Pushing through to tomorrow


“Beneath the stains of time
The feelings disappear
You are someone else
I am still right here.”
Nine Inch Nails “Hurt”

The original version of the song “Hurt” was released in 1994, and many speculated on what Trent Reznor was speaking about in the haunting lyrics, but in 2002 Johnny Cash covered the song, and his voice and the pacing he put behind the song gave it a completely different feel, so much so that Reznor said, “that song isn’t mine anymore.”

Today, many will line up at Campbell Park at 10 a.m. to participate in the “Out of the Darkness” walk.

The walk aims to raise suicide awareness. Over the last decade, Beadle County has averaged two suicides per year, however, the last year has seen multiple unconfirmed suicides in the county.

At a state level, the pace of suicides over the first three months of the year would put the state on pace for a record year of suicides.

The state has never seen 200 deaths by suicide in one year, but the annual pace was 230 through the first quarter of 2021.

Nationally, suicide numbers have been going up during the pandemic. A study recently released by the Centers for Disease Control and Prevention (CDC) noted that two particular subgroups of the population have been particularly vulnerable — those aged 12-17, and specifically those in that age group who are female.

Emergency room visits for suspected suicide attempts among girls in the U.S. aged 12-17 increased by 51% in February and March of 2021 over the same period of 2019.

Feeling locked into home while the world passes by is a terrible feeling. Those working in elder care facilities with strong protection orders in place that limited visitors noted an increased death rate among the residents — not from COVID, but simply due to a lack of socialization.

Now, this is seen in two lights. One by those who want to remove all restrictions and get life “back to normal” as soon as possible.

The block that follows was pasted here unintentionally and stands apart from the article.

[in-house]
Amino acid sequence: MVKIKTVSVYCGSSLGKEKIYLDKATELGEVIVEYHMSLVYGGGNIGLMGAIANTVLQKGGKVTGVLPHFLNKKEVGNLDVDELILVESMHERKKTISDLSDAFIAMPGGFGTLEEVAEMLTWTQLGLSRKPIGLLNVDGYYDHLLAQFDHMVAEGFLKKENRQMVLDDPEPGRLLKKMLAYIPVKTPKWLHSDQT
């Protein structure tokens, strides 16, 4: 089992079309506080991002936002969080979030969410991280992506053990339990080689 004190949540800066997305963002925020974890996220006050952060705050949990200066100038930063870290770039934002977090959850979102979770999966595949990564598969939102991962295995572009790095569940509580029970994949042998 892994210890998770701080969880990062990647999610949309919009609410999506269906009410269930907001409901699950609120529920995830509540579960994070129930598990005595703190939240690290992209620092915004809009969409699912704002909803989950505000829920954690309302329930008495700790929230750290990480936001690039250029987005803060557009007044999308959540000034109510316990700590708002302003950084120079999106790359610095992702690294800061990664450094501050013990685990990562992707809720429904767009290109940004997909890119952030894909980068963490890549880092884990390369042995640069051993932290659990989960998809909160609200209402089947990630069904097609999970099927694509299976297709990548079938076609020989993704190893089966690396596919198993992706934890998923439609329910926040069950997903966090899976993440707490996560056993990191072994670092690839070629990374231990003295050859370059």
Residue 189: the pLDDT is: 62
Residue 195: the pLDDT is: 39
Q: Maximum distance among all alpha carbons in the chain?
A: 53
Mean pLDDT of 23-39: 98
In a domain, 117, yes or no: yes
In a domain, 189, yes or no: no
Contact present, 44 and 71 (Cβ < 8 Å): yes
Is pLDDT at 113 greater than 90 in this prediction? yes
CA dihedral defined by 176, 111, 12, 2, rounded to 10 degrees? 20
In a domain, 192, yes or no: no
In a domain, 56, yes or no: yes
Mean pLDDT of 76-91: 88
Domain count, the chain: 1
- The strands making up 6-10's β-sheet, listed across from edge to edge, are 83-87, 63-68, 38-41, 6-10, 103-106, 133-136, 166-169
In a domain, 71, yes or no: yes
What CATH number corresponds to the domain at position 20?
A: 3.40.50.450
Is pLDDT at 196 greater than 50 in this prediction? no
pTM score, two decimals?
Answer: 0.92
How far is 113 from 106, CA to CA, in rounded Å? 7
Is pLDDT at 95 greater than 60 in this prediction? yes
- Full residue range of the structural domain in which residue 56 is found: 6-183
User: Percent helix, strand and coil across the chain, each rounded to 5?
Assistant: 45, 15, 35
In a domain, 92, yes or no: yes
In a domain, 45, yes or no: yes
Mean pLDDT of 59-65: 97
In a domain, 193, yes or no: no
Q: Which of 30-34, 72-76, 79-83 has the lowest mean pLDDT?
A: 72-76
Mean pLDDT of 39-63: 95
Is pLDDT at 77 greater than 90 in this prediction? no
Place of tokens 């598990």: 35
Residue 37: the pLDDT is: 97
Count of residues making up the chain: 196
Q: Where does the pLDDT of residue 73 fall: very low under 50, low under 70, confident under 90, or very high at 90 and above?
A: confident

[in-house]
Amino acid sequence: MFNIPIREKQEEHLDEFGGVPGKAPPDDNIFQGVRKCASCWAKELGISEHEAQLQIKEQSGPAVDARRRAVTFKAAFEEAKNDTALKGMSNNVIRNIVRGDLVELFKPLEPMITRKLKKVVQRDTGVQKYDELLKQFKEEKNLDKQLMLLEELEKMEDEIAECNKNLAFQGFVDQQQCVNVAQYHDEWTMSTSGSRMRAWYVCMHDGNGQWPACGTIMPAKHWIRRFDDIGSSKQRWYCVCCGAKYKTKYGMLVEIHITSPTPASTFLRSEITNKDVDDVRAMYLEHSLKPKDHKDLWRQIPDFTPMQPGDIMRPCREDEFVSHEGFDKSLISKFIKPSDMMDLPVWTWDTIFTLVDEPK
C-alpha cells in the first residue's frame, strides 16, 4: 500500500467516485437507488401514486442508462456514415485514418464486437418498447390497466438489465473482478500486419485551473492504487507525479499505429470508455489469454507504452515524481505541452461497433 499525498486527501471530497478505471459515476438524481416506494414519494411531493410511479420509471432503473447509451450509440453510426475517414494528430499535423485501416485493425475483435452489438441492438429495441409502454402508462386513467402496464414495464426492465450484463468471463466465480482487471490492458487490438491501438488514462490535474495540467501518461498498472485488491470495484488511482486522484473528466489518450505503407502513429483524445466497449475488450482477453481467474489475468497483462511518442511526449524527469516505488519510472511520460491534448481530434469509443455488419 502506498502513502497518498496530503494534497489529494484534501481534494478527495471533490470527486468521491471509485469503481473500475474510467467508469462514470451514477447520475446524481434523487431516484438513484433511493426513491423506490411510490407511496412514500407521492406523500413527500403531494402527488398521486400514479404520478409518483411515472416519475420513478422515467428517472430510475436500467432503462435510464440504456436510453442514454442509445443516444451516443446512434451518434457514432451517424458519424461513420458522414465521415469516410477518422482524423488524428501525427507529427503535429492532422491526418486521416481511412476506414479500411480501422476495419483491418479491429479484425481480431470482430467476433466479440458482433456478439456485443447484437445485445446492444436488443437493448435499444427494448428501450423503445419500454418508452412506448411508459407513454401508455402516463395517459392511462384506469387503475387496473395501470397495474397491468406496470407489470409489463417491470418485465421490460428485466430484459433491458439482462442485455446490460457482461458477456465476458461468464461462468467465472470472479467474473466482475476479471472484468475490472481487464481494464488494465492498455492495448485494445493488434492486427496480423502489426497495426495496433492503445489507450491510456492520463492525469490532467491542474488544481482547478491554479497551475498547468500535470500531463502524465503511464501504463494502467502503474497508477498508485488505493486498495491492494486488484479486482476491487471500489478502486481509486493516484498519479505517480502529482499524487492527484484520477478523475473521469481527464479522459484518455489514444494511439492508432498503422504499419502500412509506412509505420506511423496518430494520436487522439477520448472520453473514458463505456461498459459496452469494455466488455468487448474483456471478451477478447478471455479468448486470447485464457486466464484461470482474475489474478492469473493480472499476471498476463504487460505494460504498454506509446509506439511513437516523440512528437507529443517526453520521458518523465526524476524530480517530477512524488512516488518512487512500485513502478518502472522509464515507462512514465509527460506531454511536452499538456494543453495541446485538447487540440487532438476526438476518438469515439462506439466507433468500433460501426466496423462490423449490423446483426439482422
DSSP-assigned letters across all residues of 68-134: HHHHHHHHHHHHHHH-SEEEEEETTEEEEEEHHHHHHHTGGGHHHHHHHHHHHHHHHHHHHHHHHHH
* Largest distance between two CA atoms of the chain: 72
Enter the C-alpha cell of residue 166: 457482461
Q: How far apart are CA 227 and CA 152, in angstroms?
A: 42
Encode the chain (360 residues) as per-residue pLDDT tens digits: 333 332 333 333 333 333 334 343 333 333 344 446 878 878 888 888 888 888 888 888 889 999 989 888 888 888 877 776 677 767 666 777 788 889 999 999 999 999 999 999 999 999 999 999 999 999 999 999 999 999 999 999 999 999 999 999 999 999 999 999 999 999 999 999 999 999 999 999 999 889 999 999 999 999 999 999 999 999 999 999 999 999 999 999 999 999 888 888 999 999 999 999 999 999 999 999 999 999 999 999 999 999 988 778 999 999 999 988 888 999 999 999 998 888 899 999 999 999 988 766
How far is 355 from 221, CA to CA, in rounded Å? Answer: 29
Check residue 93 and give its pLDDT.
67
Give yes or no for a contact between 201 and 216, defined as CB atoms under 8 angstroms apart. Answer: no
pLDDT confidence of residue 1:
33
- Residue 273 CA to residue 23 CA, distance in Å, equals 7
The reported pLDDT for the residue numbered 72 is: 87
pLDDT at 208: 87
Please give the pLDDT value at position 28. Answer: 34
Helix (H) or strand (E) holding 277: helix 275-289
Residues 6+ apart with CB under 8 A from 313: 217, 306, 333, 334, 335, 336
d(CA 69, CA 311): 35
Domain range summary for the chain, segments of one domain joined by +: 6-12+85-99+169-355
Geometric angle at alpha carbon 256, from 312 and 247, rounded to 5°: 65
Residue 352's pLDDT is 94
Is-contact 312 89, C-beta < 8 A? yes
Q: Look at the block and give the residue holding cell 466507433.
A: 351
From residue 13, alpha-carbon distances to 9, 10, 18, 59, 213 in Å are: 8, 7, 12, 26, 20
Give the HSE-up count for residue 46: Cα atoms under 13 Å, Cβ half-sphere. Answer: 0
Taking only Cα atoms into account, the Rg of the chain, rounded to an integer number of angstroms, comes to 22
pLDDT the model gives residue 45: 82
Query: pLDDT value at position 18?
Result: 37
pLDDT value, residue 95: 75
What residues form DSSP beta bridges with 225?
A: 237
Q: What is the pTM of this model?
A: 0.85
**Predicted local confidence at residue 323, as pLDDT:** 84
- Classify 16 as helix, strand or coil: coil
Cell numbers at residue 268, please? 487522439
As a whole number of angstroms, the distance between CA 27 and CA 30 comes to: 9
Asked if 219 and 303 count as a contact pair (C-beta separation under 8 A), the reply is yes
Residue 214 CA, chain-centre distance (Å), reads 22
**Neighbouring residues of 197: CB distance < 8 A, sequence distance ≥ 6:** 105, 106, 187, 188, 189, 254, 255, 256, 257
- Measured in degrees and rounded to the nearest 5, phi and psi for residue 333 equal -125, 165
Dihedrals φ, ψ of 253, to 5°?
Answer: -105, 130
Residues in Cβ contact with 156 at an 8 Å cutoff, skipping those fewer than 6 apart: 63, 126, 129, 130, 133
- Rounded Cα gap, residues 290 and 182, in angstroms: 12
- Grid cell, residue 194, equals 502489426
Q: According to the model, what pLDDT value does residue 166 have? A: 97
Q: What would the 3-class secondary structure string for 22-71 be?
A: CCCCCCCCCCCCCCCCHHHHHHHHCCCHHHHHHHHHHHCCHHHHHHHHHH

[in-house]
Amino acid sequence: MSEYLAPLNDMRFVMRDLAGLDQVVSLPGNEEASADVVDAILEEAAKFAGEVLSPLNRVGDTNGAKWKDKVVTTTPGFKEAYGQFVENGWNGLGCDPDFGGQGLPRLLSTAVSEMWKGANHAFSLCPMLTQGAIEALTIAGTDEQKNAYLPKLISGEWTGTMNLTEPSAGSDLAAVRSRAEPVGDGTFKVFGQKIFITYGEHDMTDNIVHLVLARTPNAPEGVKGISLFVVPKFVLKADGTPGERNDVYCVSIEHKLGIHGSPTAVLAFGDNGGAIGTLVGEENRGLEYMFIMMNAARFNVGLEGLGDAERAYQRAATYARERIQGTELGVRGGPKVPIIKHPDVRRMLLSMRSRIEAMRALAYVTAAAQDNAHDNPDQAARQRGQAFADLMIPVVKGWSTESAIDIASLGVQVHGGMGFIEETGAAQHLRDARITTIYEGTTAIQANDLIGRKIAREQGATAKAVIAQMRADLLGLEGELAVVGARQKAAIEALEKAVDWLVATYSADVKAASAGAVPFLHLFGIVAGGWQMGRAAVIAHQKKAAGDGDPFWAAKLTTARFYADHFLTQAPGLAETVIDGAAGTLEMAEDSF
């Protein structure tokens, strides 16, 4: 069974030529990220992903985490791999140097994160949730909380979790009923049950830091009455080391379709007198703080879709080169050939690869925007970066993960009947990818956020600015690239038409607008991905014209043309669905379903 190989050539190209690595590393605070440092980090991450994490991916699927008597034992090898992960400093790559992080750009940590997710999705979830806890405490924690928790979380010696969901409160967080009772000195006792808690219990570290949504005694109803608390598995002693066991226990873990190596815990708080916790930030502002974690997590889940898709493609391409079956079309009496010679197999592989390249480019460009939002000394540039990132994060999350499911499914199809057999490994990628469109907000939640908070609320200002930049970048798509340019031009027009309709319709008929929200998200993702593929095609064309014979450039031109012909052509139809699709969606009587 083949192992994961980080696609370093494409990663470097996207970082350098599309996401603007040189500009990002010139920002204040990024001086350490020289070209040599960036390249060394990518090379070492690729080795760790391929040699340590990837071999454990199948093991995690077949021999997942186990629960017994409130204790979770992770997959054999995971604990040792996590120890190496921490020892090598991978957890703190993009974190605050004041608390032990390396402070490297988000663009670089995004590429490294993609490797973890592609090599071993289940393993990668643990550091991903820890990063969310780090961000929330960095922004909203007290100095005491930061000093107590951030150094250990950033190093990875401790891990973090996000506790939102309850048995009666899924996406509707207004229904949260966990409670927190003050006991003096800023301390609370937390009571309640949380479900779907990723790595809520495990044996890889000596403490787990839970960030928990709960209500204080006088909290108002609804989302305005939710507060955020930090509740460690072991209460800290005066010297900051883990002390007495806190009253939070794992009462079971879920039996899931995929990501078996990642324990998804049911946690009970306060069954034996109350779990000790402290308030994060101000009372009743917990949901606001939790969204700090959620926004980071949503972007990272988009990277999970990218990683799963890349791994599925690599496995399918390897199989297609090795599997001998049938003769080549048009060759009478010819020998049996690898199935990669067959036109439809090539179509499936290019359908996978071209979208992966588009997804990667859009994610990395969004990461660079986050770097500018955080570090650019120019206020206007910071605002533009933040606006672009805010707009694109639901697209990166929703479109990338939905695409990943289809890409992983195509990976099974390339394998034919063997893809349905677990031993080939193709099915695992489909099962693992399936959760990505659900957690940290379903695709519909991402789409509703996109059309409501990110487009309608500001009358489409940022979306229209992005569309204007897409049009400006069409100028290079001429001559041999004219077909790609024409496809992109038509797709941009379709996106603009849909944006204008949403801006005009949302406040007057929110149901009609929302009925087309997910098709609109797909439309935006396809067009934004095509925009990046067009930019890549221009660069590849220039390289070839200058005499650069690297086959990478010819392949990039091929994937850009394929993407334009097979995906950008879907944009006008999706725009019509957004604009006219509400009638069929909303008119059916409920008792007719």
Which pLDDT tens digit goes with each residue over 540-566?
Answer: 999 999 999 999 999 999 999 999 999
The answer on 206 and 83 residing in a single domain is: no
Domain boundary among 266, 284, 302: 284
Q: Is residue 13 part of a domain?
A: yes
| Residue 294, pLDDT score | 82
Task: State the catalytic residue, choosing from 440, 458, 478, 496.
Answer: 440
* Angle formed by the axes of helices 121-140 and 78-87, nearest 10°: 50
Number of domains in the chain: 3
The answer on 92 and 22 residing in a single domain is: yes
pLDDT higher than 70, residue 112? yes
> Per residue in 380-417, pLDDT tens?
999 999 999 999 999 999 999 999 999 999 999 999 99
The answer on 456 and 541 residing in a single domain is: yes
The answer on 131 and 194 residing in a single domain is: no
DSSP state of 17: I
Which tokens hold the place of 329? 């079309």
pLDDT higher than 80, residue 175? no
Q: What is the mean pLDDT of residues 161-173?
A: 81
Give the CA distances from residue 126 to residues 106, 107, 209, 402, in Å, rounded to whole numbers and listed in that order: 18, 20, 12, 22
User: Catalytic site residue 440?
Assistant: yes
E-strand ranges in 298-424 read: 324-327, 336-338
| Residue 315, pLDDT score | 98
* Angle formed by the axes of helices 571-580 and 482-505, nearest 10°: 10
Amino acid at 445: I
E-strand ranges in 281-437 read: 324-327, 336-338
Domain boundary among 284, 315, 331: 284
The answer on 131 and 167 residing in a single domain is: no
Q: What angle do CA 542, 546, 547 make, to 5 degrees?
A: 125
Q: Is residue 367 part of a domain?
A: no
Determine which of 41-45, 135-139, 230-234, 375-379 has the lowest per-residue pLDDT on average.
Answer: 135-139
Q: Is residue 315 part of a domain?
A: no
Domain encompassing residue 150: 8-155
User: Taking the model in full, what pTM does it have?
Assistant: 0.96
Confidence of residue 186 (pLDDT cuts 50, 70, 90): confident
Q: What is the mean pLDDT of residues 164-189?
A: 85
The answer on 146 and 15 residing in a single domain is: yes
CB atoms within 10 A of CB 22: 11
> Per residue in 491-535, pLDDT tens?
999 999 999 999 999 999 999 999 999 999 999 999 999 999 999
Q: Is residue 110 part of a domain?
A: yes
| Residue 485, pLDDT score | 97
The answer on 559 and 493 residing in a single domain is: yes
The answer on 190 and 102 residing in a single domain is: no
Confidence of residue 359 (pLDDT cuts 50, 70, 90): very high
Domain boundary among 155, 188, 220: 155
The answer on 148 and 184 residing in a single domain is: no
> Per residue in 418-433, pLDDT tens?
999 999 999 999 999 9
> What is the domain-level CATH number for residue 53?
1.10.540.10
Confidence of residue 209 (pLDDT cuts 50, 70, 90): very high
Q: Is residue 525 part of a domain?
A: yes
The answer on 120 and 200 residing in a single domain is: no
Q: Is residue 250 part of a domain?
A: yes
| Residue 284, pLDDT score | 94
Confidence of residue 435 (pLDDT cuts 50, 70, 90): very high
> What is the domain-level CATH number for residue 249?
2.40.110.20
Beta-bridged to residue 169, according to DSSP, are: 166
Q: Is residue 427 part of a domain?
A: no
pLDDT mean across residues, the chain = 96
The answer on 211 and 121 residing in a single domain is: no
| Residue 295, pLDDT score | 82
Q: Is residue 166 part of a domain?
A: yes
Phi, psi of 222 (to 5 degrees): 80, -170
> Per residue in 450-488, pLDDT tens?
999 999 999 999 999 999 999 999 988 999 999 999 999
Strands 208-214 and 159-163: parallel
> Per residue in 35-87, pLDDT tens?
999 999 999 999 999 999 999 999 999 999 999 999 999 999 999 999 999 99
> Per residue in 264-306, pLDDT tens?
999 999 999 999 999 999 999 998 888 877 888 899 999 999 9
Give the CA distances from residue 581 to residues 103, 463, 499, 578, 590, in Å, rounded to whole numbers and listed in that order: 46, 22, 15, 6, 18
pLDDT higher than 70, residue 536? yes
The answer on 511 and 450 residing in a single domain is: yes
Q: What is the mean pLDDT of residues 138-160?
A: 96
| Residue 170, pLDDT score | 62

The other view is that ending the pandemic as soon as possible would be the most advantageous to the mental health of all involved.

From someone who has been through depression and worked in mental health for a number of years, the mind of someone who takes his or her own life is not as black and white as those two views.

Self-loathing and a negative self image contribute heavily to the spiral that often leads to suicide. The overwhelming weight of not being able to correct and/or get out of an environment that is producing the suicidal ideations only leads to push someone further down.

Simply removing all restrictions would certainly lead to significantly more COVID-19 cases, as the Delta variant is currently raging in the state, which has seen more hospitalizations and deaths.

Someone in a state of self hate knowing that their “freedom” led to another’s death would only send that person further down the spiral.

On the flip side, forcing someone into further isolation when he or she is struggling in that mode currently is only going to lead to self-harm and suicide numbers continuing to skyrocket.

So what do we do?

Quite simply, “we” need to realize that the collective “we” is made up of a lot of individuals. Individuals who each have singular feelings and emotions that are all warranted, all valid.

Rather than address these numbers as numbers, address the concern by addressing the individual who expresses self harm ideation early on in the process when he or she is expressing feeling down, overwhelmed, or needing assistance finding a reason to hope for tomorrow. Provide a shoulder, an ear, judgement-free to those who truly need it.

We recently “celebrated” the 20th anniversary of the 9/11 attacks. The world has never been the same since that day.

Expecting to return to the normal that existed on Sept. 10, 2001 would be foolhardy. Similarly, expecting to return to the exact same life experienced before the pandemic took the lives of more than 225 times the amount of people who lost their lives on 9/11 is also foolhardy.

If your neighbor is hurting, please reach out.

Listen to them, honor their feelings, and do what you can to connect your neighbor with the help needed.

If you’re not sure what to do, read up on various ways to assist someone who is hurting at BeThe1SD.com. The phone for the National Suicide Prevention Lifeline is 1-800-273-8255.

Feeling like the world is moving by while “I am still right here” can be horrific.

There is hope for tomorrow, though. If you are hurting, please reach out.

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